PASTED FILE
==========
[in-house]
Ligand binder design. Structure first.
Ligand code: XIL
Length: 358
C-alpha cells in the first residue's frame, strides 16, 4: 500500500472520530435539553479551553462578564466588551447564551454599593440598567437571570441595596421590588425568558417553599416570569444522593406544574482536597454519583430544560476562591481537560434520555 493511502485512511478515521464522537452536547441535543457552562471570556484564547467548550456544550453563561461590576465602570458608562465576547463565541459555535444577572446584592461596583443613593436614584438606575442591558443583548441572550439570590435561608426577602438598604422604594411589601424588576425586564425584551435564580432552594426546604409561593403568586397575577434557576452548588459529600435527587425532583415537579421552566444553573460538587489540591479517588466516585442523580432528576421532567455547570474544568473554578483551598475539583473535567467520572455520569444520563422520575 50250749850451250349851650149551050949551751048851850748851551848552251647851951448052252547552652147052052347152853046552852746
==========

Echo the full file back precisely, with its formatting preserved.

[in-house]
Ligand binder design. Structure first.
Ligand code: XIL
Length: 358
C-alpha cells in the first residue's frame, strides 16, 4: 500500500472520530435539553479551553462578564466588551447564551454599593440598567437571570441595596421590588425568558417553599416570569444522593406544574482536597454519583430544560476562591481537560434520555 493511502485512511478515521464522537452536547441535543457552562471570556484564547467548550456544550453563561461590576465602570458608562465576547463565541459555535444577572446584592461596583443613593436614584438606575442591558443583548441572550439570590435561608426577602438598604422604594411589601424588576425586564425584551435564580432552594426546604409561593403568586397575577434557576452548588459529600435527587425532583415537579421552566444553573460538587489540591479517588466516585442523580432528576421532567455547570474544568473554578483551598475539583473535567467520572455520569444520563422520575 50250749850451250349851650149551050949551751048851850748851551848552251647851951448052252547552652147052052347152853046552852746